I have told my kids, half-jokingly, to always play the over in life. Most sporting events have a sports book line on the total score, with even money bets offered on the total being over or under the established line. An NHL game might have an over/under of 5.5 goals; Super Bowl LI’s over/under was 58 points (a record high); a boxing match over/under may involve the number of rounds before a knockout.
Always play the over. If wager on the under, you’re betting on something not happening. You’re hedging against faith, spirit, confidence, and good luck. Those bets may pay off sometimes, but against a large cross section of people, over time, they lose. Jodi Picoult, a favorite author, wrote that sometimes a miracle isn’t what happened but what didn’t; that case is the strong exception. The Patriots coming back from 25 points down to tie, then win the game? You don’t bet against that. A Super Bowl that had a scoreless first quarter ending in 62 total points? The only thing that was freaking out Vegas odds makers was the Super Bowl ending with a sack in the end zone for a safety, New England by 2 and only 58 total points. But that’s a bet on a miracle; a bet on motivated teams produced a favorite covering, the over covered, and somehow, another Super Bowl title for New England. Like the Voldemort lookalike on their helmets: you count them out and they come return in some weird configuration to take the day, again.
Always play the over in life. Don’t bet against yourself, your peers, your friends, your like-minded but unknown teammates. Doing so is a lack of confidence and hope, both of which are in short supply in some quarters.
Finished Jodi Picoult’s latest novel, Change of Heart, this week. As disappointed as I was with her two previous works, this one is a definite top-three list nominee. It is as rich and detailed as My Sister’s Keeper, but rather than what felt like forced literary devices or a plot that rushed to get through difficult turns, this one moves smoothly from start to finish. I didn’t guess a single surprise (which makes them surprises), and her new lawyer type is a wonderful character with a neurotic Jewish mother, neither of whom venture into stereotype. Most of all, her treatment of religion and belief is fantastic, in both the fantasy and exemplary use of the word. I think the book should be required reading for anyone who shapes their personal conduct framework on an element of faith.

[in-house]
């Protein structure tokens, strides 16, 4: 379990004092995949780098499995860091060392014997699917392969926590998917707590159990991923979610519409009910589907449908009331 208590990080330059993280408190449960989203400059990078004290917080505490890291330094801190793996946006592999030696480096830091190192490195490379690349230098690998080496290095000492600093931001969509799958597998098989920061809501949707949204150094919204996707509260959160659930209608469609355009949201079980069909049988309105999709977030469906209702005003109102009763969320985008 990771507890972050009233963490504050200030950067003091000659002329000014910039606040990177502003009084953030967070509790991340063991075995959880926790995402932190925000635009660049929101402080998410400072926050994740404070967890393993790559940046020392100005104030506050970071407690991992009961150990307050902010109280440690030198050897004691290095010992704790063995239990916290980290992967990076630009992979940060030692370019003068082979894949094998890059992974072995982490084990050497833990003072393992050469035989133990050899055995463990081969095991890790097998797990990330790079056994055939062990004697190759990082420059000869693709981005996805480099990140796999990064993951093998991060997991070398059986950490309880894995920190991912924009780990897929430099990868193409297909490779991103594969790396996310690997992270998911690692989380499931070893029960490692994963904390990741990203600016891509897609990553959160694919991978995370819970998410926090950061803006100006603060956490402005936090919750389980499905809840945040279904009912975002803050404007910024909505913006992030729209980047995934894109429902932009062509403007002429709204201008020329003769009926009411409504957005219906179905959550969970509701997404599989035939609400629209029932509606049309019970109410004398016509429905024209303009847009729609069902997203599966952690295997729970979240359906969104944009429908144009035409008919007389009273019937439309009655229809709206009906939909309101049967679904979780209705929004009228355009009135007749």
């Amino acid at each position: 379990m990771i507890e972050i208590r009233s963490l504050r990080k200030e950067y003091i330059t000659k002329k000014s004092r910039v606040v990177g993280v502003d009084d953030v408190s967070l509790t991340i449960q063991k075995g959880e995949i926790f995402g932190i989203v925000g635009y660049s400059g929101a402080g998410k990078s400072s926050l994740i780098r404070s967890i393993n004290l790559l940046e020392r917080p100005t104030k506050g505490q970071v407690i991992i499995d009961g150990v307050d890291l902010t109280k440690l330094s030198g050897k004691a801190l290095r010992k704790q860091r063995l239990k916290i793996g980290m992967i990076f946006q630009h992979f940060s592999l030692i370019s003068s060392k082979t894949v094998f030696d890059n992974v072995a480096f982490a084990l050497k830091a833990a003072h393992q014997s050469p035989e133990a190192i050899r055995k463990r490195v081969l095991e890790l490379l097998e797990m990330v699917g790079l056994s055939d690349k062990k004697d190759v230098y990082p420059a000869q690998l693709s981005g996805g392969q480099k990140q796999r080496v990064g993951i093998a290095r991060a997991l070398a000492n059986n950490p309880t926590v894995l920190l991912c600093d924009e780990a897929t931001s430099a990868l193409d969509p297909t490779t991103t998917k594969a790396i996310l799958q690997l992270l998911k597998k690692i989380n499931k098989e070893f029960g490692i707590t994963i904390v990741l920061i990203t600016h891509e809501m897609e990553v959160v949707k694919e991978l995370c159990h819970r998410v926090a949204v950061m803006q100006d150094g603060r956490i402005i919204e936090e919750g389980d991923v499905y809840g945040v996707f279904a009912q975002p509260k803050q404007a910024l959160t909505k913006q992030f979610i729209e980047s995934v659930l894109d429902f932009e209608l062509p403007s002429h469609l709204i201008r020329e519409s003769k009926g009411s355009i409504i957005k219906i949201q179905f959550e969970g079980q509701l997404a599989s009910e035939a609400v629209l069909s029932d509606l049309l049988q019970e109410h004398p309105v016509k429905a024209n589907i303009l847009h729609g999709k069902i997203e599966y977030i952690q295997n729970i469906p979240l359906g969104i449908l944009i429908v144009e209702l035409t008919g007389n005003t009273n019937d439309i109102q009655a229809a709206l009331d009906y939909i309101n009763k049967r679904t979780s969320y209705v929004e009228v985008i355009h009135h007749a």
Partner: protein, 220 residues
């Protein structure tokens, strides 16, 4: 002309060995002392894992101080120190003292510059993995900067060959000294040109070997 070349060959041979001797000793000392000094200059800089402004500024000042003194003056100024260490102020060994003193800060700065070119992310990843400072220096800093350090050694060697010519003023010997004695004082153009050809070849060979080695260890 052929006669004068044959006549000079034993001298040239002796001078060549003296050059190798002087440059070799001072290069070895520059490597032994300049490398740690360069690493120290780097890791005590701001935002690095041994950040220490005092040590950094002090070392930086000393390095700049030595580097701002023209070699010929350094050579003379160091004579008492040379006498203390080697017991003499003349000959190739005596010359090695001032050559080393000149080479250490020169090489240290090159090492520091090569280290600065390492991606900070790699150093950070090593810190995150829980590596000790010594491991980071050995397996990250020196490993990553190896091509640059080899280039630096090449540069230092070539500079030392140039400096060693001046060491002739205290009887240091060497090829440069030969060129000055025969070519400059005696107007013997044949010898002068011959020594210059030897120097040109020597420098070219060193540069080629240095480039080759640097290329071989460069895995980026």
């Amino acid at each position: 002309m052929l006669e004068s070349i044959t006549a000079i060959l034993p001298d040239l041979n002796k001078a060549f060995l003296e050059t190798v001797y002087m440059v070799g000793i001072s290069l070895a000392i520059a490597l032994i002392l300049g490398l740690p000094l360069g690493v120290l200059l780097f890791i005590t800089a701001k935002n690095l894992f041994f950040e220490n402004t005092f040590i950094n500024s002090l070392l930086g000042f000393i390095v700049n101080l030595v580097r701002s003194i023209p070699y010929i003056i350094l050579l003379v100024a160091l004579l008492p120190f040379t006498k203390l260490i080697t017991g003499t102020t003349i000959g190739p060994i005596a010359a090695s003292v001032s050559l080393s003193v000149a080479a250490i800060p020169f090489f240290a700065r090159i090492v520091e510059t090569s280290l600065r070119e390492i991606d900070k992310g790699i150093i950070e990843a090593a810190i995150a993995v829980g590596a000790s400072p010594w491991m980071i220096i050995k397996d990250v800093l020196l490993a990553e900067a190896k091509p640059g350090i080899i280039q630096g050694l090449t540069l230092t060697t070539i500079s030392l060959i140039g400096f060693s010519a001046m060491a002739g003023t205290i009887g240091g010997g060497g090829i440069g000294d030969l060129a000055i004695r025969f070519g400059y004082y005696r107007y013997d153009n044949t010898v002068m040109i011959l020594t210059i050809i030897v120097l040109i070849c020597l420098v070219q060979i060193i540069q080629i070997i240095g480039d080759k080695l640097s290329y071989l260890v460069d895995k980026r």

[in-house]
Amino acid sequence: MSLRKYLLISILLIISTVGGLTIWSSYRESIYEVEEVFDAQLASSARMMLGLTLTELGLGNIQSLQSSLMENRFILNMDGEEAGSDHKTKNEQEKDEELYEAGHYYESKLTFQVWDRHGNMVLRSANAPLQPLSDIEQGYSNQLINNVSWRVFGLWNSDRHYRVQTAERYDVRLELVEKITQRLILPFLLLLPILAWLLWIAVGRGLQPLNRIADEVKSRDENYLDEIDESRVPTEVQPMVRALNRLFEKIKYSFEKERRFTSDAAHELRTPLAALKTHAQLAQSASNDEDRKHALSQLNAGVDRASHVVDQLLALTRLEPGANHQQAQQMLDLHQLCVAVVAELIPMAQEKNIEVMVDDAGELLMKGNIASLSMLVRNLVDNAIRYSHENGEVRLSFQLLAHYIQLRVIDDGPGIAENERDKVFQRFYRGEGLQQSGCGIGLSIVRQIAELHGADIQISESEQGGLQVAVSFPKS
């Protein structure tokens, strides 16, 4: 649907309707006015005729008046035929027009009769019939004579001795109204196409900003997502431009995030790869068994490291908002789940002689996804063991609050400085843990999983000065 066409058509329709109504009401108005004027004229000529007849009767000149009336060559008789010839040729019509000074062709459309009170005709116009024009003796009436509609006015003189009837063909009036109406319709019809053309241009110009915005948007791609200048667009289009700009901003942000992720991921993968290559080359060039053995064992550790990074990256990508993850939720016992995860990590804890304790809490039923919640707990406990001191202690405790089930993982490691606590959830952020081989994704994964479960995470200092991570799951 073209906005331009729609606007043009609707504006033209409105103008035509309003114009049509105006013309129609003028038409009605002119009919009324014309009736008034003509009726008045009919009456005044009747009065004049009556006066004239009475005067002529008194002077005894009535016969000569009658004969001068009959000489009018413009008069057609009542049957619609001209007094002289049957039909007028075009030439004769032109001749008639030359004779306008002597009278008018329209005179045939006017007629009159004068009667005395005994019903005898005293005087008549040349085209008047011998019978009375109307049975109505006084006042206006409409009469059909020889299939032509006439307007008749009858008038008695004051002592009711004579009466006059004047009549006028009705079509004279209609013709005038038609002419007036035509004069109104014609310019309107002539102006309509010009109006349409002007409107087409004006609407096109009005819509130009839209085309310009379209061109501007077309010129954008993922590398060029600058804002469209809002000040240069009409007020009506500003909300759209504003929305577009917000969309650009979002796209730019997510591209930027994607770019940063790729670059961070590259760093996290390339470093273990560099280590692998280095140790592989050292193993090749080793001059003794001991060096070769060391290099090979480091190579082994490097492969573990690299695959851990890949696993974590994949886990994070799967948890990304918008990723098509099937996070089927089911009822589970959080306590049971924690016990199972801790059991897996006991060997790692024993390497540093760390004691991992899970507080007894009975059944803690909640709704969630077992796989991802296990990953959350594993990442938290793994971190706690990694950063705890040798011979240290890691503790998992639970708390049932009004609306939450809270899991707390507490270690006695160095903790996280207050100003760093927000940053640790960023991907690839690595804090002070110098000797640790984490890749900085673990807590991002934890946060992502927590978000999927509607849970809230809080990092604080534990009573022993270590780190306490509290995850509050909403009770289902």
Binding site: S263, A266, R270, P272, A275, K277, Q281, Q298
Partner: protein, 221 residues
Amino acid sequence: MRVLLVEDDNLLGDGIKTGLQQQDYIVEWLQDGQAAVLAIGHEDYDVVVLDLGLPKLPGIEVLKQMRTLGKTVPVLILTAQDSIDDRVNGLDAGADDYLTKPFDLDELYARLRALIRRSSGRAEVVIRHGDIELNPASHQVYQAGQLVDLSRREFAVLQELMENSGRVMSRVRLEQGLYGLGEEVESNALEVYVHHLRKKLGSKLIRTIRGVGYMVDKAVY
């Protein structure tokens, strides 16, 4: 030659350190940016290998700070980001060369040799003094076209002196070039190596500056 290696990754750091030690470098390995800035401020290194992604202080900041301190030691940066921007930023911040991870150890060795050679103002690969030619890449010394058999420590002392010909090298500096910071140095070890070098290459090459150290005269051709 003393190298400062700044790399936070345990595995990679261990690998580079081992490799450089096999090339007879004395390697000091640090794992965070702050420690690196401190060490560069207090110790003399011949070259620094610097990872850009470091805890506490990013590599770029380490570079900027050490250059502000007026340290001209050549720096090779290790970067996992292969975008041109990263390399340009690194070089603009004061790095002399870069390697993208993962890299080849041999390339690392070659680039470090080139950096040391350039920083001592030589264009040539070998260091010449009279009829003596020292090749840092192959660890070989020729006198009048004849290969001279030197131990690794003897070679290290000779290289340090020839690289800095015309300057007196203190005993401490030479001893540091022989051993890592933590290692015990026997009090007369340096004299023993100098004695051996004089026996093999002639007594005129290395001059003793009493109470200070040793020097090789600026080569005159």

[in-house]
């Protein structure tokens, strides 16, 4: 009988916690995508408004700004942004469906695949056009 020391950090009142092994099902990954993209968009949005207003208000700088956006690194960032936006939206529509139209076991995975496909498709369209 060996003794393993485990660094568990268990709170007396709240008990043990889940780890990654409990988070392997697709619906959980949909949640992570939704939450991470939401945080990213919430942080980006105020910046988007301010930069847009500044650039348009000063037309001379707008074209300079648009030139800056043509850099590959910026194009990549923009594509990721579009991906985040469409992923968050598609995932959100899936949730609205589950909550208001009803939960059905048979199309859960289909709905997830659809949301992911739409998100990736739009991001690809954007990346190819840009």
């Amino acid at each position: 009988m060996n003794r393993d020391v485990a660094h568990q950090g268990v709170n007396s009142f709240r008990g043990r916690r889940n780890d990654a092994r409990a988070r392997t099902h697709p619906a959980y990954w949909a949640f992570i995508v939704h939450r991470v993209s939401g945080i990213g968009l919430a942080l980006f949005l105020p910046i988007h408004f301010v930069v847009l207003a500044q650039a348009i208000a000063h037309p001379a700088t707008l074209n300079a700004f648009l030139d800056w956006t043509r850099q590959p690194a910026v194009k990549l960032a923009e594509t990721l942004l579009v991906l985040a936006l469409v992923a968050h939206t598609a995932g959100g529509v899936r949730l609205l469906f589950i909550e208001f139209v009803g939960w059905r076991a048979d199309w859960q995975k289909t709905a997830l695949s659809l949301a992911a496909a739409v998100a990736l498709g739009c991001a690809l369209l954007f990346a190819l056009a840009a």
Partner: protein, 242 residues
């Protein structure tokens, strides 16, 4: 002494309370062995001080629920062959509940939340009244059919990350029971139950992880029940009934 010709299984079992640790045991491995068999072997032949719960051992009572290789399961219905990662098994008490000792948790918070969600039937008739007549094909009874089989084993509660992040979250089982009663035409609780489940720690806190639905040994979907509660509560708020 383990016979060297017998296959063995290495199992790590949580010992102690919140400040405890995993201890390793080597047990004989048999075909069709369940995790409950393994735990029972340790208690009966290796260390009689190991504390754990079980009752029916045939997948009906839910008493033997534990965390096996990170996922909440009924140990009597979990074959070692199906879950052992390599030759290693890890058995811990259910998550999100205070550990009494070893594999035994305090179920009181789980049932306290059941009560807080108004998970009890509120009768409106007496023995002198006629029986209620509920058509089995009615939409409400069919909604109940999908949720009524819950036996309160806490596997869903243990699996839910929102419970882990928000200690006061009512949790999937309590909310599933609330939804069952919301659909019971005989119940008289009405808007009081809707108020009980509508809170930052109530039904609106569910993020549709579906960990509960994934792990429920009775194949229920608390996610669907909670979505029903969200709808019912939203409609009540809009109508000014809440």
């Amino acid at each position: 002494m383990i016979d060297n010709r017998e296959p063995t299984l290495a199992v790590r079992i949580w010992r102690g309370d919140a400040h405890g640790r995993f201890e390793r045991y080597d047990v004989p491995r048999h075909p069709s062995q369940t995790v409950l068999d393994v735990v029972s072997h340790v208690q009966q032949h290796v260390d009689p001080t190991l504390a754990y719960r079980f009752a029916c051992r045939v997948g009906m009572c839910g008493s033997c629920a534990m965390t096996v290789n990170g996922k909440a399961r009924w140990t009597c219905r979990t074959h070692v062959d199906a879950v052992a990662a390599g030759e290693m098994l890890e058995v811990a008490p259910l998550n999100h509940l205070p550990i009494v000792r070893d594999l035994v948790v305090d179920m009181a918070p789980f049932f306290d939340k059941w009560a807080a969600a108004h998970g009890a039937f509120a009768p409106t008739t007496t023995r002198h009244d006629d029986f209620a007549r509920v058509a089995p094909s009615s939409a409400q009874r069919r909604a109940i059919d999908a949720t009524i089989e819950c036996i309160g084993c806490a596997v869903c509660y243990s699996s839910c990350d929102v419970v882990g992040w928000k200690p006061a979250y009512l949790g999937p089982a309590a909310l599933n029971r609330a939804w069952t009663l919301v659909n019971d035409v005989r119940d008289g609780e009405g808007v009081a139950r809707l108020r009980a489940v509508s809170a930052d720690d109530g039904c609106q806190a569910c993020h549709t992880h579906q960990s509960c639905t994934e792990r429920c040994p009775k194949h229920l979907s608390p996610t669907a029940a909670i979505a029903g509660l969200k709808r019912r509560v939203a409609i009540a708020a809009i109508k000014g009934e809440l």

On the heels of a recommendation, I picked up Neil Gaiman’s American Gods next. The themes are similar; but Gaiman deals in non-mainstream religions while also making me question exactly what constitutes true home-grown religion in America — something faith based, or something consumption oriented, or something we construct? And I’m reminded of William Gibson’s Mona Lisa Overdrive that asked some of the same questions (using some of the same phraseology) in a very different way.
As expressed here before, I’m an avid Jodi Picoult . Part of it has to do with her Princeton background (we were undergrads at the same time), part of it is a mutual author friend, part of it is that she turns a phrase like a master sculptor putting a gnarled piece of wood on the lathe. The results stretch your sense of beauty.